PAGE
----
ANNEX Program Summary
The Argentine authorities view the transitional program as a step to a comprehensive program required to restore fiscal and external viability. By maintaining macroeconomic stability during the presidential election period, the authorities hope the program will create conditions that will facilitate a successor government, which is expected to take office in late May, to adopt a comprehensive medium-term economic program.
The transitional program is focused on monetary and fiscal policies, and steps towards banking reform, during the first half of 2003. The monetary program seeks to restrain monetary growth so as to establish a nominal anchor and to avoid inflationary pressure. The program is centered around maintaining the adjusted monetary base broadly at its end-December 2002 level through mid-2003. Operationally, the authorities will seek to control the monetary base by acting on net domestic assets of the central bank and limiting sales of foreign exchange reserves for intervention, within the framework of a continued flexible exchange rate policy. The monetary program would be reviewed regularly and the authorities have committed to adopt corrective measures as necessary.
The fiscal program seeks to secure a consolidated cash primary surplus of about 2.5 percent of GDP in 2003. In order to reach the primary surplus target and for the fiscal gap to be consistent with the monetary program, a number of spending cuts, revenue measures and the elimination of certain tax exemptions will need to be approved by Congress by end-March 2003. Provincial adjustment is being achieved through spending controls and administrative reforms and is to be underpinned by the bilateral agreements for 2003 that are planned to be ratified by provincial legislatures by mid-May 2003.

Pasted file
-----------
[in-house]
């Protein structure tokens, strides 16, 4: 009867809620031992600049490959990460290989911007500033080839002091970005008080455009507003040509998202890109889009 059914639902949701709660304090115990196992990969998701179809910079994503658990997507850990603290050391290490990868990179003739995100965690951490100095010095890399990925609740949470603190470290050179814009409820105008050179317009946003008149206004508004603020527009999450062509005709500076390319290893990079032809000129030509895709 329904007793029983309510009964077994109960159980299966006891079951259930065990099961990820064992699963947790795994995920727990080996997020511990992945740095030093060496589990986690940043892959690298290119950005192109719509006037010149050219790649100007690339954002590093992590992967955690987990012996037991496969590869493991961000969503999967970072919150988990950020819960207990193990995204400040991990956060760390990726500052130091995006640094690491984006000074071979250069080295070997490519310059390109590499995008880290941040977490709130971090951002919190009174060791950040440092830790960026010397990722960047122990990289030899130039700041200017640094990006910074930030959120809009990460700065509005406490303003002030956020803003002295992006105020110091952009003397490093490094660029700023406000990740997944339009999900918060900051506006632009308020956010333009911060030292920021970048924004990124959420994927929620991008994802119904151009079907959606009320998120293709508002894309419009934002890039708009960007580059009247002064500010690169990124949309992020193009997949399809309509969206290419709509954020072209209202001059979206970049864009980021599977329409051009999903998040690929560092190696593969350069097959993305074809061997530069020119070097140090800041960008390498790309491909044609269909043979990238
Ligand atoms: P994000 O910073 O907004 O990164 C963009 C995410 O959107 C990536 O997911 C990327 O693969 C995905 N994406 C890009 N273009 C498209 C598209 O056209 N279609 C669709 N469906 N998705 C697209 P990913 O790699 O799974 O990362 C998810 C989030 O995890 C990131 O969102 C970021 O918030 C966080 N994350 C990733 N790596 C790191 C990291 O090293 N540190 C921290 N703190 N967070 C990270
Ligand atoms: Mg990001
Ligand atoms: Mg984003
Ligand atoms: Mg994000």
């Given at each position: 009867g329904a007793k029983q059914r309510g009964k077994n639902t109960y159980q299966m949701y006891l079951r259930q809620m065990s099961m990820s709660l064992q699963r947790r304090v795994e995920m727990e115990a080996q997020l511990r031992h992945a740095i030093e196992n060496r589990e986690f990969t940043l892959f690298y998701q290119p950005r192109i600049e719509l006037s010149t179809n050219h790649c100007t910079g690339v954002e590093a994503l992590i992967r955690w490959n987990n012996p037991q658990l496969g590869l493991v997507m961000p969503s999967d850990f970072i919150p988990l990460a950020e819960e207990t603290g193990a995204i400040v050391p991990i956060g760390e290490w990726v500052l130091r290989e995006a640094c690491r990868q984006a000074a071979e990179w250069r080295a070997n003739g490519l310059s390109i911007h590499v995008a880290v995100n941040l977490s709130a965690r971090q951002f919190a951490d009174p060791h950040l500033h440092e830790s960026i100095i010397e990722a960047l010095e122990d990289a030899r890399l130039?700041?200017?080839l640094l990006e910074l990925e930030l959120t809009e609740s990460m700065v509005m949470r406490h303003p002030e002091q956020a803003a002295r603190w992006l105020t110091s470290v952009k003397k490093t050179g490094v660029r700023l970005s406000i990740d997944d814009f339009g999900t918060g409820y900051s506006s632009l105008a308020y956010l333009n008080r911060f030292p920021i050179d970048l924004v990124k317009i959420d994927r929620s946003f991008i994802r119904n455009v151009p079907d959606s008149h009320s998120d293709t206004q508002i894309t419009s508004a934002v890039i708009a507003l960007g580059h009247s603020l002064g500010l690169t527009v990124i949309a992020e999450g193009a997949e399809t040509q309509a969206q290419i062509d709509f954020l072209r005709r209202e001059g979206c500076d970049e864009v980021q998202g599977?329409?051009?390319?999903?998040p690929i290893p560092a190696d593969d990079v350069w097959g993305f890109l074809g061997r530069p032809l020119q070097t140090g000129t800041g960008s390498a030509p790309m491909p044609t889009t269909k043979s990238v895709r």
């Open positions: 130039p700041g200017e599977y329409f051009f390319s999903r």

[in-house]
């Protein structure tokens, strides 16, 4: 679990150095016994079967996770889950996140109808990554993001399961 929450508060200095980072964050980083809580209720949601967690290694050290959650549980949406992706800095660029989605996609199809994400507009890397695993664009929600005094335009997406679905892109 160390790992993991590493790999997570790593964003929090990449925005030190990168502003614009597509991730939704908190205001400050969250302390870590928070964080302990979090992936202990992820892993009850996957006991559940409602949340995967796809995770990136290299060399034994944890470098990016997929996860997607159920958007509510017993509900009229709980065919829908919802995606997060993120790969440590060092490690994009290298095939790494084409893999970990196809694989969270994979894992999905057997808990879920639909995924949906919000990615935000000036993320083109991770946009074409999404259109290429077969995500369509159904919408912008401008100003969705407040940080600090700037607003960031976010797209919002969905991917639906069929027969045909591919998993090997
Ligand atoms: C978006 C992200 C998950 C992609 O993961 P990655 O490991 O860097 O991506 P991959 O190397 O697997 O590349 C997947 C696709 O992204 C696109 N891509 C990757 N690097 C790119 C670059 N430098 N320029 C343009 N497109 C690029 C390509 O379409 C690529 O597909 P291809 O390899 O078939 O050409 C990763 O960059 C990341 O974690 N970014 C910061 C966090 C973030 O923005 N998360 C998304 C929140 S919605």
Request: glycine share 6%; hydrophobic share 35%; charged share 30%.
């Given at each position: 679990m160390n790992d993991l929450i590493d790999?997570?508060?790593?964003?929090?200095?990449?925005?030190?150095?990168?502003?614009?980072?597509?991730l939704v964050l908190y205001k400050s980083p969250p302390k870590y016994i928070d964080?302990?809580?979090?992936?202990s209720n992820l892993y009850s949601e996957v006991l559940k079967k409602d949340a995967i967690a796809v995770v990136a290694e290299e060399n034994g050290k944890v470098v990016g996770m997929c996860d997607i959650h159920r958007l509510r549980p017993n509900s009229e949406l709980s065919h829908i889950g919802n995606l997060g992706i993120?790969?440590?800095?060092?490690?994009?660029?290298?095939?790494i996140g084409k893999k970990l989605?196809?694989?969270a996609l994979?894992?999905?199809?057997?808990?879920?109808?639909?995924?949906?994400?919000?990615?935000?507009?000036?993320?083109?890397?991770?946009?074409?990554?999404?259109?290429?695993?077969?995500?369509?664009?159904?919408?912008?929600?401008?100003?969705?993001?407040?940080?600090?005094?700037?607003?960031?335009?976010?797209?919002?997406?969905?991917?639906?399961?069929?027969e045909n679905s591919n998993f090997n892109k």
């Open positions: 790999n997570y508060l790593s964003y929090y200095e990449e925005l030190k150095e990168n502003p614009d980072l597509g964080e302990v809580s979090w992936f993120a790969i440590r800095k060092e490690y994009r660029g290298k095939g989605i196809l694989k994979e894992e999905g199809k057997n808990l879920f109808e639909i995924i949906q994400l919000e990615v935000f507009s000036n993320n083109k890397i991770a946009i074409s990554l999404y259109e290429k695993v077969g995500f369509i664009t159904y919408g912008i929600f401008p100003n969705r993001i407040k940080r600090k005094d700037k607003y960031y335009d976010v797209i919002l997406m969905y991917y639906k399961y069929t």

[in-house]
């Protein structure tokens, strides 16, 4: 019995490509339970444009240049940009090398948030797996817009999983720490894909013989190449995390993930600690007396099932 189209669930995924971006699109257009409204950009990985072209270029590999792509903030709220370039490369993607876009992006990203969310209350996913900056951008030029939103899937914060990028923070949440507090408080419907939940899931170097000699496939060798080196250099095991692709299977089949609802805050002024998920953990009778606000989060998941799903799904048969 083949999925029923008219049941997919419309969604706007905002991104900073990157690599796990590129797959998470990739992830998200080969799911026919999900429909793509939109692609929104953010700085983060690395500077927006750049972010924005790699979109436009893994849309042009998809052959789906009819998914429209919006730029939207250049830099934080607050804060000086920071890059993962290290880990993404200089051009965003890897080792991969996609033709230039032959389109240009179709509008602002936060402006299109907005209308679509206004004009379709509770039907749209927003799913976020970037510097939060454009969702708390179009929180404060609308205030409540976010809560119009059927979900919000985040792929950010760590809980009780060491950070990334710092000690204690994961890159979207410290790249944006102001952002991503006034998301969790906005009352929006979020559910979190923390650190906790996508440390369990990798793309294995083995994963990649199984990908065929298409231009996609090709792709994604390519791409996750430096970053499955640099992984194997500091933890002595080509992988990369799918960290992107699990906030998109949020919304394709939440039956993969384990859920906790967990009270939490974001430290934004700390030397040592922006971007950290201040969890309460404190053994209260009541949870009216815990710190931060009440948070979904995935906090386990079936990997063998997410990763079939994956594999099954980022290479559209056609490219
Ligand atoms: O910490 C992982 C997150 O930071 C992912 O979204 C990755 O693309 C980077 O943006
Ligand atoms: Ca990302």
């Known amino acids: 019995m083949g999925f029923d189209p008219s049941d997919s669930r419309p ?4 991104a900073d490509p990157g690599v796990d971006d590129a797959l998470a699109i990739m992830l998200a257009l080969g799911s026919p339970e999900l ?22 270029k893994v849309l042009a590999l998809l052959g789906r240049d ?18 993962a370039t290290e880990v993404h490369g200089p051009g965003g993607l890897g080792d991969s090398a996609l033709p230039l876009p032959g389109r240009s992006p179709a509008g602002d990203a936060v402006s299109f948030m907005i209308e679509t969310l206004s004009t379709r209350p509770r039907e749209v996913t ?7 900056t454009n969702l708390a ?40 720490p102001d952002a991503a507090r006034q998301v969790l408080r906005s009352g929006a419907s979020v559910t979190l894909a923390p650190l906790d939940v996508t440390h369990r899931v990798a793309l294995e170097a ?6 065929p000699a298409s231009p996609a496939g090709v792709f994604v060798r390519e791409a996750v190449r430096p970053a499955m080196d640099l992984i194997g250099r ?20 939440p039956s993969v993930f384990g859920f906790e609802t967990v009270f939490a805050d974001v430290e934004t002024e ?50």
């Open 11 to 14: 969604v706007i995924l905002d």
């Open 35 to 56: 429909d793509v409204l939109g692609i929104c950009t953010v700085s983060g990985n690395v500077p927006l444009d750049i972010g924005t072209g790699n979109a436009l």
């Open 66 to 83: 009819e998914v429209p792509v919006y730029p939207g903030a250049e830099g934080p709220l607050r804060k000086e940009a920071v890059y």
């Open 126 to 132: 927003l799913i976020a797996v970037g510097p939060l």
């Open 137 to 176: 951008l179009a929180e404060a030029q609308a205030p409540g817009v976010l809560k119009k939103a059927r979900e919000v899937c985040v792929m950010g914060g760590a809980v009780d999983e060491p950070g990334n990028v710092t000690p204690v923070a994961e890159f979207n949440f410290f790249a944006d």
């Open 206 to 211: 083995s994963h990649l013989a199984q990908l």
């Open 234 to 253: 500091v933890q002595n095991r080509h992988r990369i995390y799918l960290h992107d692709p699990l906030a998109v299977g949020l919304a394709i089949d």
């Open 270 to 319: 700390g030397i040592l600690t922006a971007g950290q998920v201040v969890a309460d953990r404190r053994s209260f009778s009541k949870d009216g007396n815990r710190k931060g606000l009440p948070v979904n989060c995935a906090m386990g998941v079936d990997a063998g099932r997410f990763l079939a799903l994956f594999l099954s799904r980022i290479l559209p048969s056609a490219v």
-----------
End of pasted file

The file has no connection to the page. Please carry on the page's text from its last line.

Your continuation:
The authorities intend to complement core monetary and fiscal policies with a number of structural measures aimed at paving the way to a more comprehensive approach under a successor program. The implementation of the initial strategy includes institutional and legal reforms to strengthen the framework for banking sector restructuring, including preliminary steps toward reform of public banks, revisions to prudential regulations, and measures to enhance the autonomy of the central bank. Other measures include tax reform aimed at broadening the tax base, and the reform of intergovernmental relations to encourage fiscal discipline in the provinces.
The Argentine authorities have committed to remain current on the government’s financial obligations to the IMF under the program.
Argentina joined the IMF on September 20, 1956. Its quota 1 is SDR 2.117 billion (about US$2.905 billion). Its outstanding use of IMF credit currently totals SDR 9.747 billion (about US$13,376 billion).
A member’s quota in the IMF determines, in parricular, the amount of its subscription, its voting weight, its access to IMF financing, and its allocation of SDRs.